Prince of tides
Sunday, April 30, 2006
Peter is speaking,
"The God of Abraham, Isaac and Jacob, the God of our fathers, has glorified his servant Jesus. You handed him over to be killed, and you disowned him before Pilate, though Pilate had decided to let him go. You disowned the Holy and Righteous One and asked that a murderer be released to you. You killed the author of life, but God raised him from the dead. We are witnesses of this ...
"Now, brothers, I know that you acted in ignorance, as did your leaders. But this is how God fulfilled what he had foretold through all the prophets, saying that his Christ would suffer. Repent, then, and turn to God, so that your sins may be wiped out, that times of refreshing may come from the Lord."
Before Peter spoke his listeners knew nothing, now they know everything. All they need to know is before them this very moment. This is the moment of which Brutus spoke:
There is a tide in the affairs of men
Which taken at the flood, leads on to fortune;
Omitted, all the voyage of their life
Is bound in shallows and in miseries.
(Shakespeare, Julius Caesar)
We talk of making choices every day, that we are "made up" of our choices. What I do is who I am. I want to be filled with God's spirit every morning, and I invite him into my mind over and over again.
But this moment is different. This is when I hear God's voice clearly that I have never heard till now, and he is calling me. Me, particularly. It's the moment James Joyce called "epiphany," when heaven comes down to earth. And if I want it to, if I invite it in ... if I say "yes", then glory fills my soul.
In the abrasive film julien Donkey-boy, Werner Herzog and his family decide to entertain themselves by visiting a black gospel meeting. Julien is surprised by God in this tourist-moment. In the midst of his schizophrenic life, in the chaos of his family he hears God speak to him. He knows he is being loved. His eyes fill up with tears. What does he do now?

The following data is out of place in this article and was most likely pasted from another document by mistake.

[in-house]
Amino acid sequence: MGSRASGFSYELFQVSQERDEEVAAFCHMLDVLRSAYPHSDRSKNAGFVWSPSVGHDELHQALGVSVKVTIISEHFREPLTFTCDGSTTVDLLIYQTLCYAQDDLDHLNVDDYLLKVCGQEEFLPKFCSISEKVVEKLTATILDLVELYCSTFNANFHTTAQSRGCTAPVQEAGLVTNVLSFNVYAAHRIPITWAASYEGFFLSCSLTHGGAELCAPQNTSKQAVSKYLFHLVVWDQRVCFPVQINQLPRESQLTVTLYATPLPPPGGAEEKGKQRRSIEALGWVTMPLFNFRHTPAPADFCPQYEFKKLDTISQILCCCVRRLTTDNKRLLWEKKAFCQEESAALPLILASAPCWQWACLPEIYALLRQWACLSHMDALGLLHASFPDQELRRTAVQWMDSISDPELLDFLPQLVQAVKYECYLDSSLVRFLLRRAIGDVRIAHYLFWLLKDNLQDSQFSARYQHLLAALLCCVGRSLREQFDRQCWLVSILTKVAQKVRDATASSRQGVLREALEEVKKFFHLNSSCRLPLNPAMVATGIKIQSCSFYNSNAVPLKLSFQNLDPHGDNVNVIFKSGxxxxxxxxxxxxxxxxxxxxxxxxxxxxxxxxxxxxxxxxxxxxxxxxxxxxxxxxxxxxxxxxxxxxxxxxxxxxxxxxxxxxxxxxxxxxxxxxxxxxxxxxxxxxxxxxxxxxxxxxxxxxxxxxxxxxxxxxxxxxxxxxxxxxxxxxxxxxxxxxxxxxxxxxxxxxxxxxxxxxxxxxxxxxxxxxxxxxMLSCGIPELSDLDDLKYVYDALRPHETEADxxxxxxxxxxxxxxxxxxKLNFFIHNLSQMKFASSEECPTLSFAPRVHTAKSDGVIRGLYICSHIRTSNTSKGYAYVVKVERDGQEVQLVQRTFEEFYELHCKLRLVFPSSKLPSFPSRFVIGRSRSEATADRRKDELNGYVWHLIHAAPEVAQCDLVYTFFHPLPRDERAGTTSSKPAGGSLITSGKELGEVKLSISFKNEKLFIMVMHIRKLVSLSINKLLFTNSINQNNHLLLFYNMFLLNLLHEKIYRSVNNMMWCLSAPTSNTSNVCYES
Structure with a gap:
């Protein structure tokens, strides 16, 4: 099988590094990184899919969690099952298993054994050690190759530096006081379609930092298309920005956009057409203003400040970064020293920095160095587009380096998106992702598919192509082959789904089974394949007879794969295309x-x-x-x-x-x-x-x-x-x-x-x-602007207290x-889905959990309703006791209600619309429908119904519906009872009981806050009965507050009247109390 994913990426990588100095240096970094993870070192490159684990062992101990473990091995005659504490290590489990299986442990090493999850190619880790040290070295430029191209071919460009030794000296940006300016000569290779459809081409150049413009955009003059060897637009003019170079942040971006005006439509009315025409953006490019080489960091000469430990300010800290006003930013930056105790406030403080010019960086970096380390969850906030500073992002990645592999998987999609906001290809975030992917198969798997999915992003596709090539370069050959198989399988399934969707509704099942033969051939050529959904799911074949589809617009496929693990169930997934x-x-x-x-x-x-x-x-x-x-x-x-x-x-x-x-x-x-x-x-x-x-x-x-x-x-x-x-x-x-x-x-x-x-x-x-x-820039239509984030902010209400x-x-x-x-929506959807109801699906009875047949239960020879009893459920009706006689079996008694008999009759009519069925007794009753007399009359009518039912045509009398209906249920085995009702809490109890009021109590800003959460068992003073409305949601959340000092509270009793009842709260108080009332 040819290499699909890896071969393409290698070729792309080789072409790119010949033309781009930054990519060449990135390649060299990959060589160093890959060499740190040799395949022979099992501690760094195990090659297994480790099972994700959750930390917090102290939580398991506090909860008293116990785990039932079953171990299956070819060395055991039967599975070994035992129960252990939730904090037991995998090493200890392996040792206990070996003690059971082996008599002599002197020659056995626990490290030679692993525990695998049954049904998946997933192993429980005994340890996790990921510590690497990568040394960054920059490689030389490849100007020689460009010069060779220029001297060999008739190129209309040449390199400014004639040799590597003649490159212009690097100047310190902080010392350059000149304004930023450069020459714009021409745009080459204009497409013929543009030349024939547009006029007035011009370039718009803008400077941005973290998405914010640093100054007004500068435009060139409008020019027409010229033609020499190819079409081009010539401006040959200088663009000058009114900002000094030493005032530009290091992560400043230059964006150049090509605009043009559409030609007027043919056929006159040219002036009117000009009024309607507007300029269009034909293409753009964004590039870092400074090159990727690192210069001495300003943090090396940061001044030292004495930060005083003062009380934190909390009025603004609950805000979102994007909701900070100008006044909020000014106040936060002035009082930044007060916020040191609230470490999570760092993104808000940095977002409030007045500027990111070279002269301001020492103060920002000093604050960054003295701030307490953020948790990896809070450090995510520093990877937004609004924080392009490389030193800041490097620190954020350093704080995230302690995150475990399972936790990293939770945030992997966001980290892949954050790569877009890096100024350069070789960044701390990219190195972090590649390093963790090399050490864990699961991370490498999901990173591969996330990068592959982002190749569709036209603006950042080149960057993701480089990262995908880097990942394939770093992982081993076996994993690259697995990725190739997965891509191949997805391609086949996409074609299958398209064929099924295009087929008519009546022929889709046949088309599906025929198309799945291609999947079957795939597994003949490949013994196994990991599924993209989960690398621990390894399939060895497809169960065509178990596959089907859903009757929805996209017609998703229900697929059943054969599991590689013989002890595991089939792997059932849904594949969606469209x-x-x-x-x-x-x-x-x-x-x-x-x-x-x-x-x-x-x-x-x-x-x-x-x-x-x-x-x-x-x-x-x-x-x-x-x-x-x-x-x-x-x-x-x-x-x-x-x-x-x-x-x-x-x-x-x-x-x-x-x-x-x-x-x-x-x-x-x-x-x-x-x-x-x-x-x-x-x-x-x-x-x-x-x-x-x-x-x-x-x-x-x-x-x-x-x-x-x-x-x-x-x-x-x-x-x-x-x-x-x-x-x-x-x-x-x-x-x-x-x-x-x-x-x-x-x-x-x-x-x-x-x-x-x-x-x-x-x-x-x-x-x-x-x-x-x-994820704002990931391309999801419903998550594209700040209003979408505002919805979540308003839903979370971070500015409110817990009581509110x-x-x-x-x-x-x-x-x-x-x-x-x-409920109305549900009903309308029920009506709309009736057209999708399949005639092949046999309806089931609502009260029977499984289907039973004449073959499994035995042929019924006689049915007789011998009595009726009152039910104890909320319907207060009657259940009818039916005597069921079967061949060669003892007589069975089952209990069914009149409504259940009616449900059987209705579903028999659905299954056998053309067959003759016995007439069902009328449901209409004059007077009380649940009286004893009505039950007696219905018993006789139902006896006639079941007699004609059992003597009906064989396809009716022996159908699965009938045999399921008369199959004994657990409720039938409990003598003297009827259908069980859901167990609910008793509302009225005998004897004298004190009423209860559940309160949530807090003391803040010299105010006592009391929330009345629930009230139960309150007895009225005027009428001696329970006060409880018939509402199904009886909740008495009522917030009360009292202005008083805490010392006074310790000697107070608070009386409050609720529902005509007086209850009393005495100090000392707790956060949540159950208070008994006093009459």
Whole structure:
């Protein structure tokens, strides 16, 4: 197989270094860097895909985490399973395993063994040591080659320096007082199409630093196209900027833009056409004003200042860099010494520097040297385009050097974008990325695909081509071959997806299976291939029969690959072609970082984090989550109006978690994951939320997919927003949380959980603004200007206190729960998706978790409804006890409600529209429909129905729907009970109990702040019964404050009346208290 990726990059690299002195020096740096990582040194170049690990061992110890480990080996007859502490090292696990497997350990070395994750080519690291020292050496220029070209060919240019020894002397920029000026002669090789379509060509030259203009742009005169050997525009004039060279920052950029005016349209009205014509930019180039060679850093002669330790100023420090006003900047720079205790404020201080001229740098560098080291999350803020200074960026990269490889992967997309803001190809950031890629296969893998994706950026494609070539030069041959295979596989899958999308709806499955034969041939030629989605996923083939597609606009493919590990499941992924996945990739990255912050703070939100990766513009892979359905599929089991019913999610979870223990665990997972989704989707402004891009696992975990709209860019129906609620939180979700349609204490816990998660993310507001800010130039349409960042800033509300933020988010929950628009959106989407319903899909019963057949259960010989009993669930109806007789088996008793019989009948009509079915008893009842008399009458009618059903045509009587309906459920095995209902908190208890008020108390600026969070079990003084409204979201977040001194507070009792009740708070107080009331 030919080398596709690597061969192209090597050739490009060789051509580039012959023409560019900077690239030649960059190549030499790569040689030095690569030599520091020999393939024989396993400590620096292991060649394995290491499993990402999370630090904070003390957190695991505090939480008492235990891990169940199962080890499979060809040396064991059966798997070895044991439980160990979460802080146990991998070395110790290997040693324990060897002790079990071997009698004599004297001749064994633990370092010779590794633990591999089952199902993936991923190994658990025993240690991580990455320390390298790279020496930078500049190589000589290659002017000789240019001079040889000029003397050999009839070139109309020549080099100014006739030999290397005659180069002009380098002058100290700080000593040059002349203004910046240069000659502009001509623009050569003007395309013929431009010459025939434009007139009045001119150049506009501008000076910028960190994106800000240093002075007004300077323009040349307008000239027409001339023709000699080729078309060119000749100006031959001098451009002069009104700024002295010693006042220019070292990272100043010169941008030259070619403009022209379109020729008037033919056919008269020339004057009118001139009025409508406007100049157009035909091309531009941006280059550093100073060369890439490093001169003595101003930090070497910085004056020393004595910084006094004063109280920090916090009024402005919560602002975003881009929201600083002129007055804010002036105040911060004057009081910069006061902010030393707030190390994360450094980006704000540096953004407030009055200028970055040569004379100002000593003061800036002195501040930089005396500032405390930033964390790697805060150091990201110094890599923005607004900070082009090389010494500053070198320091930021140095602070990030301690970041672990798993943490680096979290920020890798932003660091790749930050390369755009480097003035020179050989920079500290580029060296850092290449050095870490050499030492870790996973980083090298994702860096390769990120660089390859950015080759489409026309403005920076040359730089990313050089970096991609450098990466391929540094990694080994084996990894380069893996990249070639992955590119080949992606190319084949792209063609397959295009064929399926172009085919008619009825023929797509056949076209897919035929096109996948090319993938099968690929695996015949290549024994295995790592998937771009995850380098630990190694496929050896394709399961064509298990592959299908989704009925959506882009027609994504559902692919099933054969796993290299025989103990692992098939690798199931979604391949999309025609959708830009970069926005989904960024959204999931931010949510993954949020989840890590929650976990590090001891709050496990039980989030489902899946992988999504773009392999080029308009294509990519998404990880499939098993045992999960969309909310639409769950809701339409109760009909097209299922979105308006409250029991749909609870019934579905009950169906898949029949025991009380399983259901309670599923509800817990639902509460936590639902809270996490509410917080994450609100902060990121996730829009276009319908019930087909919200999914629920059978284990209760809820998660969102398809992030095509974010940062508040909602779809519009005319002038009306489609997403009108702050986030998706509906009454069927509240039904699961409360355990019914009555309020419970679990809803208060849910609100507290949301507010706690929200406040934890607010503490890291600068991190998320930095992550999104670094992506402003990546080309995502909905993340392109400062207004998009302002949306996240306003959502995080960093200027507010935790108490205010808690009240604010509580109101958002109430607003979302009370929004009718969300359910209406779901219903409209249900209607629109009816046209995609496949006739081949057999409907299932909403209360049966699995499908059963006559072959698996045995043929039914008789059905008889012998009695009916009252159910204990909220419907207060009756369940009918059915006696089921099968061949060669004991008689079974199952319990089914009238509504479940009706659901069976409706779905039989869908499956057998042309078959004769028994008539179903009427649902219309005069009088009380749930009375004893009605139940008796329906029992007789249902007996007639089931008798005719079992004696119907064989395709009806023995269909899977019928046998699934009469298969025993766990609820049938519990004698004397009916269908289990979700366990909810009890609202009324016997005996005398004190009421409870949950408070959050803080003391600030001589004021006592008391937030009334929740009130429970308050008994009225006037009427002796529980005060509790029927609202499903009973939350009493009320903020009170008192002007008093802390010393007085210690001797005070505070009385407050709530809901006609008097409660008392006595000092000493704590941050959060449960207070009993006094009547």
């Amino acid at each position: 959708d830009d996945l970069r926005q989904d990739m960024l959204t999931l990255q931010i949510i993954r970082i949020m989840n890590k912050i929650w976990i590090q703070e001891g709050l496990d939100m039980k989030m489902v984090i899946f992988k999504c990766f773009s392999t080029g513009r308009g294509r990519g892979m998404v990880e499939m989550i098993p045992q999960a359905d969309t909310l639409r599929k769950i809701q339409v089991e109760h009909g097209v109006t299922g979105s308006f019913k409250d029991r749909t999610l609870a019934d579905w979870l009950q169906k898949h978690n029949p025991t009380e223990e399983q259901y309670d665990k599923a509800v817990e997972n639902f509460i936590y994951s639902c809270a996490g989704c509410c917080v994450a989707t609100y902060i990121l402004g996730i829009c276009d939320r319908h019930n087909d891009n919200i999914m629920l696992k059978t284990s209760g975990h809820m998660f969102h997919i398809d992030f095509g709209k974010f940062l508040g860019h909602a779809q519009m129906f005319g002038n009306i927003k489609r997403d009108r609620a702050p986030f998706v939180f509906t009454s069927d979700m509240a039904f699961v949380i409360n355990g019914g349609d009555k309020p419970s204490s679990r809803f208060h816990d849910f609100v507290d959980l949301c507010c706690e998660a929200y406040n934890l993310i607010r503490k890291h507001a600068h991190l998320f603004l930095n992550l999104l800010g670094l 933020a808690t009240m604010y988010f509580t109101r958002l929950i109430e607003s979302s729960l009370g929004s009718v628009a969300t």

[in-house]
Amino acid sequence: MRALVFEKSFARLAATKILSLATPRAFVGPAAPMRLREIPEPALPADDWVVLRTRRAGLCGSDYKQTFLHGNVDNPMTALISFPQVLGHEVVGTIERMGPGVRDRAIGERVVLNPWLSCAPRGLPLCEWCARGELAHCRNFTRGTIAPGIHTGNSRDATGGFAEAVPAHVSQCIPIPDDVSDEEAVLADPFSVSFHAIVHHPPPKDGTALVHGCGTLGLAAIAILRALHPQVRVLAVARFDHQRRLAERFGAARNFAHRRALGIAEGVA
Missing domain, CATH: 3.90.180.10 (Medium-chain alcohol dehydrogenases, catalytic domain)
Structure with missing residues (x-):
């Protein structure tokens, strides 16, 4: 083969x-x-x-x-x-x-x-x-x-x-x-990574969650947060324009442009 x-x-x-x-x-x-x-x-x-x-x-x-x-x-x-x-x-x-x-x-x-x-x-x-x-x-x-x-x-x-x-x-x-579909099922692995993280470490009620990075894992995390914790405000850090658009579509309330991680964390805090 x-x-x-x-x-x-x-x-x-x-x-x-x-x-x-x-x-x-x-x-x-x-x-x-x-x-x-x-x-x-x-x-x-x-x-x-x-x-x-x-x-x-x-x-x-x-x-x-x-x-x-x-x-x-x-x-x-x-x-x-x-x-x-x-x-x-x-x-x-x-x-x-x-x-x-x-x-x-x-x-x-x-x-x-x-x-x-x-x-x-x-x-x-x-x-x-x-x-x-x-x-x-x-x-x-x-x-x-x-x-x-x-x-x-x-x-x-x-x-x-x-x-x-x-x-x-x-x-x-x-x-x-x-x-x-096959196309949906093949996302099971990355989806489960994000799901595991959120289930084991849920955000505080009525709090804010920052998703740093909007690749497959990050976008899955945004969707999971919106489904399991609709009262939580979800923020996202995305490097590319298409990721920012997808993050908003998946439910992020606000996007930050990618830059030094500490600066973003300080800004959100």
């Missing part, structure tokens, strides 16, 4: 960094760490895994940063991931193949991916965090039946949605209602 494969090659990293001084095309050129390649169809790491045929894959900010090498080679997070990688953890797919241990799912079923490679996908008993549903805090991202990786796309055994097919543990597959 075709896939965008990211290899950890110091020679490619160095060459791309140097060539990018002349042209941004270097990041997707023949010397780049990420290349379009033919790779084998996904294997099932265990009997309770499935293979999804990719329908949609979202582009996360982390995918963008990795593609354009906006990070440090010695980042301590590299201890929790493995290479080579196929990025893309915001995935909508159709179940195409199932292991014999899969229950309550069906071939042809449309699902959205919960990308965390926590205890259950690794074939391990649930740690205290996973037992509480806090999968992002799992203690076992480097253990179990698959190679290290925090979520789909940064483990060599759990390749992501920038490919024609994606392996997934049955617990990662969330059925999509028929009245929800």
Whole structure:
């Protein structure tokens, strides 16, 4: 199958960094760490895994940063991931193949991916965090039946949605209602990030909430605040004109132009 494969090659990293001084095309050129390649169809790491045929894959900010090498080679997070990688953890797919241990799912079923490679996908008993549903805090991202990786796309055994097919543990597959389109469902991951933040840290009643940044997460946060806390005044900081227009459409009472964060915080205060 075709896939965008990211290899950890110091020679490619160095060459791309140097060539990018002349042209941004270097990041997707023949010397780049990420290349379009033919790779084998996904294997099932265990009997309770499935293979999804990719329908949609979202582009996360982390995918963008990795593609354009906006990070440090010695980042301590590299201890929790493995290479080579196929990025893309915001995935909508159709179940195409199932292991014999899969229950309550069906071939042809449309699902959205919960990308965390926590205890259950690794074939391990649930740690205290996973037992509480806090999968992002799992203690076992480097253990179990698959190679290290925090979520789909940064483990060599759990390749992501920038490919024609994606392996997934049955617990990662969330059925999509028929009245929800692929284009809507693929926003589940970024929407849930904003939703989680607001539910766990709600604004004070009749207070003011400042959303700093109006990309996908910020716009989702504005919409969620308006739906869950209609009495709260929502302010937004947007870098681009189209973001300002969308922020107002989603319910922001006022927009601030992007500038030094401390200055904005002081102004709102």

Anyone who has fought the desire to walk down a church aisle to say "yes" to a preacher's invitation knows just what I'm talking about. Every part of me is in conflict - my body, my emotions, my thoughts. Preachers, of course, can be manipulative and melodramatic. But I don't even hear the preacher. My ears are deaf to the songs that call me, my eyes wide shut to the beckoning arms of men. I really do only have eyes for Jesus. There is no one but just the two of us right now.
I can't swallow, I can't think, I have this moment between breaths to decide whether to let God love me. "This is love: not that we loved God, but that he loved us ..." (1 John 4:10). Regardless of how I go, after this the choices are a lot easier. But this one right now, this one turns in my stomach, tears at my skin, rips me up and down and breaks me into a thousand pieces.
Try turning around sometime. Notice how impossible it is to see what you were just seeing a second ago. Walk a few steps, and notice now how quickly you move away from where you were, just a second ago. In no time your whole world changes.
God never leaves me, never abandons me. But I can sure walk away from him. In this moment the apostle Peter's words beckon me, invite me, love me, carry me. What do I say? It's my turn to be known by God and feel his touch. What do I do?
I want times of refreshing, Lord. I want to turn from my own ways, which might not seem so wicked to me ... but they are mine, not yours. I want you.